For all the complaining I do about the Academy Awards - it's not a good gauge of the best movies, people - the nominations can sometimes shine light on movies that deserve the attention.
For all the complaining I do about the Academy Awards — it’s not a good gauge of the best movies, people — the nominations can sometimes shine light on movies that deserve the attention.
This week, “The Broken Circle Breakdown” opens at the Gateway fresh off its nomination for Best Foreign Language Film. It’s a devastatingly sad movie that is beautifully constructed and performed. Whether you’re going because you’re an Oscar completist or not, the Belgian import deserves your attention.
Elise (Veerle Baetens) is a tattoo shop owner. Didier (Johan Heldenbergh) plays in a bluegrass band. We see years of their lives play out in a shuffled order, as scenes of their falling in love intercut with the young couple coping with a terminal cancer diagnosis for their young daughter Maybelle (Nell Cattrysse).
“Broken Circle Breakdown” is based on a stage play written by Heldenbergh. Some may find the non-chronological structure to be a challenge — as a viewer, you sometimes don’t know where you are in the timeline of this romance.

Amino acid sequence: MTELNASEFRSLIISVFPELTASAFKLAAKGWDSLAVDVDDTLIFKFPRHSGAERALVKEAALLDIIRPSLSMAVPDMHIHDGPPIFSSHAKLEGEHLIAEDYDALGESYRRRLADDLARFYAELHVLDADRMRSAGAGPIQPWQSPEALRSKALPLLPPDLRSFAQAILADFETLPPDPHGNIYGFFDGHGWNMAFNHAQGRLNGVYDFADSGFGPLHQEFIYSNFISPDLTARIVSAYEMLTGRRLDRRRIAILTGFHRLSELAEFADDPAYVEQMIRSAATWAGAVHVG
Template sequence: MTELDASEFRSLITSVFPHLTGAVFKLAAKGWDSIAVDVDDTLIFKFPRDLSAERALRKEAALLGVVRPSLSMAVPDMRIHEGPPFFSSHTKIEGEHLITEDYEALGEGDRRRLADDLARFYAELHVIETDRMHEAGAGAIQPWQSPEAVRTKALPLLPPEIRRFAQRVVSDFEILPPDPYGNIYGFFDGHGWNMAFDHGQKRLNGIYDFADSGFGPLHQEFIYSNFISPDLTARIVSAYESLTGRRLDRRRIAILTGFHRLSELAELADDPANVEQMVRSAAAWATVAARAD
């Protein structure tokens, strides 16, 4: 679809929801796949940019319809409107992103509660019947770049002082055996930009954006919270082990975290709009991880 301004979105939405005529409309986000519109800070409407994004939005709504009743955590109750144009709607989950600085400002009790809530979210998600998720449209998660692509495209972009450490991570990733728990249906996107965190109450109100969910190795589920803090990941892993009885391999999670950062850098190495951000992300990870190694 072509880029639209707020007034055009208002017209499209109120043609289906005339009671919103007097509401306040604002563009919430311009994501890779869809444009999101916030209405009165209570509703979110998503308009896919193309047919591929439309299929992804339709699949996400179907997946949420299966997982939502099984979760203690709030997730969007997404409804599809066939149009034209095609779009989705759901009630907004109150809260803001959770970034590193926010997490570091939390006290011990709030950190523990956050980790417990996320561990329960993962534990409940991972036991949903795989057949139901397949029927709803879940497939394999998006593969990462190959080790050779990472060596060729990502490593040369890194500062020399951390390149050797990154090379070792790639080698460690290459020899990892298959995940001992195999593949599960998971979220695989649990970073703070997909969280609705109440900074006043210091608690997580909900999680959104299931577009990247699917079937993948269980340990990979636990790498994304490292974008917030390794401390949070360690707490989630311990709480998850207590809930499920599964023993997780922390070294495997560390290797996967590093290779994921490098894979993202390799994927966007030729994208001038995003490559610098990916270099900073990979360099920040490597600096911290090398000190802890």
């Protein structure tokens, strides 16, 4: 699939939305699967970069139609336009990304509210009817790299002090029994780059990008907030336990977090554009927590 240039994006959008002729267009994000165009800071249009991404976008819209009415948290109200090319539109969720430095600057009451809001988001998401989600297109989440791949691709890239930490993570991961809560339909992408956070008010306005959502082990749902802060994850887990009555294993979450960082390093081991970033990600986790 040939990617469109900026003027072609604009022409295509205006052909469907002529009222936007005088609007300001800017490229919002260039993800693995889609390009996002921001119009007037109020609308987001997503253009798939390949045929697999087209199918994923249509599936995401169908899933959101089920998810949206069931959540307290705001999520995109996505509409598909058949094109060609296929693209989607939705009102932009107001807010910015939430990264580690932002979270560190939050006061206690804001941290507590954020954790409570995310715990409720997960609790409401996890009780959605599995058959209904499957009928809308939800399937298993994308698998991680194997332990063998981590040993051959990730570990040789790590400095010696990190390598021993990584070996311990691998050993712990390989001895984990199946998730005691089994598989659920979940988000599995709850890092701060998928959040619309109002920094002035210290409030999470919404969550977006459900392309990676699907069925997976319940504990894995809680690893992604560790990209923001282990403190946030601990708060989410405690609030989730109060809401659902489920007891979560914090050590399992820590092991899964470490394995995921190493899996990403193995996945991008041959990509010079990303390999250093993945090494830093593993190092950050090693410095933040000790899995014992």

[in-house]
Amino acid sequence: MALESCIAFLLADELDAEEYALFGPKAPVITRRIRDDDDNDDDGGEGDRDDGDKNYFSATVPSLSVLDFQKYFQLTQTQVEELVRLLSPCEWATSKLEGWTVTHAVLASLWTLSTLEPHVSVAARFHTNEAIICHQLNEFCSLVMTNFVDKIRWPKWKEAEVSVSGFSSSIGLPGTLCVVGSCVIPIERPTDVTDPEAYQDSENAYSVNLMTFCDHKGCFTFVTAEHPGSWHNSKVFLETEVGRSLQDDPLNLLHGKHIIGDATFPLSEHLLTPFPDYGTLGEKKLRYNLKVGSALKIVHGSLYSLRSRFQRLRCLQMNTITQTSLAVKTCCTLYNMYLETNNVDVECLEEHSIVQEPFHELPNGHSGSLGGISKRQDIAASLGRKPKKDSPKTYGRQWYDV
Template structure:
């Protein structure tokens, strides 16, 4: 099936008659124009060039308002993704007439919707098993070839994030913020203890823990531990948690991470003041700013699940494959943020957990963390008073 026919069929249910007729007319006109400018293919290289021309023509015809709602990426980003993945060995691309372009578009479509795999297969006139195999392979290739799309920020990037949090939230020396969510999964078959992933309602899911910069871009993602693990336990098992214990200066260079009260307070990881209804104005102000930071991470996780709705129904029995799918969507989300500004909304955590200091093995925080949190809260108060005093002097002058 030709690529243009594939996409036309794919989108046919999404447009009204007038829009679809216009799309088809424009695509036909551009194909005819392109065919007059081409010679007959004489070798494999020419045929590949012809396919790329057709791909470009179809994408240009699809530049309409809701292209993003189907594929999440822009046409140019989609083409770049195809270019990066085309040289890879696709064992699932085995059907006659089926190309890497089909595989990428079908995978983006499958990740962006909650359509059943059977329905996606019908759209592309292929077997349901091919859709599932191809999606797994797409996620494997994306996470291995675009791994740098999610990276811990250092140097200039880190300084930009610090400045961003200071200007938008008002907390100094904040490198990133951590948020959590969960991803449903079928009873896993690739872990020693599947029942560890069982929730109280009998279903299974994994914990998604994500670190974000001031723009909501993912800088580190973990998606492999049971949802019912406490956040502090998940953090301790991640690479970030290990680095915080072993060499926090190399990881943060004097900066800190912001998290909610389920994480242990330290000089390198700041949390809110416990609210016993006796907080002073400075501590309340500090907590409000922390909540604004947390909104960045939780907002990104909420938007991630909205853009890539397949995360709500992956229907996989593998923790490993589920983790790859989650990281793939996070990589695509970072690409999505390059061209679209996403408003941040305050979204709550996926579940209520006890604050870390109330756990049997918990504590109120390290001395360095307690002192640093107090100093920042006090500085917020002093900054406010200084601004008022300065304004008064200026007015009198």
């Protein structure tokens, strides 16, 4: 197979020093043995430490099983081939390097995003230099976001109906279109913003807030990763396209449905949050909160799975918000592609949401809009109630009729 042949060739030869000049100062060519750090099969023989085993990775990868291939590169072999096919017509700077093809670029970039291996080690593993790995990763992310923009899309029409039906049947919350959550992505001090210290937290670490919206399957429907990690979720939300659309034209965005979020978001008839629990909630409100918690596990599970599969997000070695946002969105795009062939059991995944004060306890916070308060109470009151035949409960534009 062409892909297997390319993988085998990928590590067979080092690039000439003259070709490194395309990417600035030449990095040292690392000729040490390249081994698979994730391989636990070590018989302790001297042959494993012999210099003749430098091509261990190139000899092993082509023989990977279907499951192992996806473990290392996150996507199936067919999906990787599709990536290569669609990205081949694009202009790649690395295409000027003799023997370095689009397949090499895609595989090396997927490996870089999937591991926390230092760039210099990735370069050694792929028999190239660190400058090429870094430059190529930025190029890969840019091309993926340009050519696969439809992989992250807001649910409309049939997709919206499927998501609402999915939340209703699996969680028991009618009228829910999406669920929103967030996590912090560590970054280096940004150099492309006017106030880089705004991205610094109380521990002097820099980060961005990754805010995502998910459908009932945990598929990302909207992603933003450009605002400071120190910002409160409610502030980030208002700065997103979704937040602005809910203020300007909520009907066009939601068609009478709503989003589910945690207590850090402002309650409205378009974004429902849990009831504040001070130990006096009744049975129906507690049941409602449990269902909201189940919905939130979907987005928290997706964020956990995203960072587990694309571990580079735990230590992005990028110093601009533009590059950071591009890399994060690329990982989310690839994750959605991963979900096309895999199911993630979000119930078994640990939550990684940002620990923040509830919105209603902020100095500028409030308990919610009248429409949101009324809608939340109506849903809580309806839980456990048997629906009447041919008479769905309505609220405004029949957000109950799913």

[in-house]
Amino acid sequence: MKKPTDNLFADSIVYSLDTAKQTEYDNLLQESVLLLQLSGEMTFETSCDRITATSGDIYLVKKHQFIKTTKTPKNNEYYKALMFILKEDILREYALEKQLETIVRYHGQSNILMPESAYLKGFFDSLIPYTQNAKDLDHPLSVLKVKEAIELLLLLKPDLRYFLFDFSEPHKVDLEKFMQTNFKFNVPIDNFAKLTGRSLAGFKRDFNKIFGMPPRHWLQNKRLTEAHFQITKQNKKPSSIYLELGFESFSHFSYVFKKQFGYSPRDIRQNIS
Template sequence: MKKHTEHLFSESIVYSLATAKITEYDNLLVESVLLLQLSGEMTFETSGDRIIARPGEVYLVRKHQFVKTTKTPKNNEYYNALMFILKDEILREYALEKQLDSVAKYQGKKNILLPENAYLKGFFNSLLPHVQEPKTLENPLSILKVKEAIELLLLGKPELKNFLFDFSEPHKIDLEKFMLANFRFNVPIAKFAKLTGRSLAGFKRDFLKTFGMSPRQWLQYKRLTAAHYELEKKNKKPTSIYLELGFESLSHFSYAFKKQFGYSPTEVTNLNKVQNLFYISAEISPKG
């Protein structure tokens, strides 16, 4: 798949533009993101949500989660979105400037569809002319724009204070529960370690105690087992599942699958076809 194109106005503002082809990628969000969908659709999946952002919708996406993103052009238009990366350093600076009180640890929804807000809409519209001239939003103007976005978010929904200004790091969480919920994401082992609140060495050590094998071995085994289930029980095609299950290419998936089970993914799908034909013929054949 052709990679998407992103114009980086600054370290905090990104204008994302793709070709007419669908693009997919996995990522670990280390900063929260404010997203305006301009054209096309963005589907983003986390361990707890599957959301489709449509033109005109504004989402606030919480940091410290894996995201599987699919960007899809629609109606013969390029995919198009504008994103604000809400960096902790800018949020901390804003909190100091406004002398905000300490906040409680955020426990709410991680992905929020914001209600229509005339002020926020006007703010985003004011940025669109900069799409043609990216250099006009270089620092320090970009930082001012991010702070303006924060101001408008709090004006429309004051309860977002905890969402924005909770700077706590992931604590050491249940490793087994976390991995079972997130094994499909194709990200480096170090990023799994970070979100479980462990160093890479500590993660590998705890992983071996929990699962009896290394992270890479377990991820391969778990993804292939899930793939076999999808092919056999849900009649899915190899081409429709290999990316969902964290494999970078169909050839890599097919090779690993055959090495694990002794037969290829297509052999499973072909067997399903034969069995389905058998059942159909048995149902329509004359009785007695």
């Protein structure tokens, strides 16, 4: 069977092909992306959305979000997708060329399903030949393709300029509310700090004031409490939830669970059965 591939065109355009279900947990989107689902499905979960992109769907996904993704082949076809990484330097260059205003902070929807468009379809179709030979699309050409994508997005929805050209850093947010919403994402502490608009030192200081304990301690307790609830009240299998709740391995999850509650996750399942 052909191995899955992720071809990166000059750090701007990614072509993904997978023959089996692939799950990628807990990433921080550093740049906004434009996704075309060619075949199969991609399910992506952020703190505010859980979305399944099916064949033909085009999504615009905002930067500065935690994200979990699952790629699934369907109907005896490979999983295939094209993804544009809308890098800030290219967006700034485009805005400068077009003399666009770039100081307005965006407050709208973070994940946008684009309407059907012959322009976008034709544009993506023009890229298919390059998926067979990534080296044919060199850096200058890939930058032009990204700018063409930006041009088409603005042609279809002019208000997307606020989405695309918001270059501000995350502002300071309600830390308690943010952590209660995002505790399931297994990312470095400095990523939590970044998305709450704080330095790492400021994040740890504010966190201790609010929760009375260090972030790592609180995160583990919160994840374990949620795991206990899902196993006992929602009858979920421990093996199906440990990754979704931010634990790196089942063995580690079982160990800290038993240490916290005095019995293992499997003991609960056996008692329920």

But director Felix Van Groeningen uses this to devastating effect, as tender scenes hit like a hammer in the context of larger tragedies, working much the way Gaspar Noe’s “Irreversible” did with its backward chronology.
The couple’s shared love of American bluegrass culture also wonderfully incorporates the mournful music into the tale — although I would caution that just being a bluegrass fan may not be enough for you to love this film as much as I did.
The performances by the leads are raw across a broad range of emotion. It’s hard to imagine one without the other as we see a couple come together and be torn apart.
I always hate the gimmick when superlatives are thrown about early in the film year, but “Broken Circle Breakdown” is the most devastating, most melancholy movie I’ve seen in 2014. It may hold that title.
Photo courtesy of Tribeca Film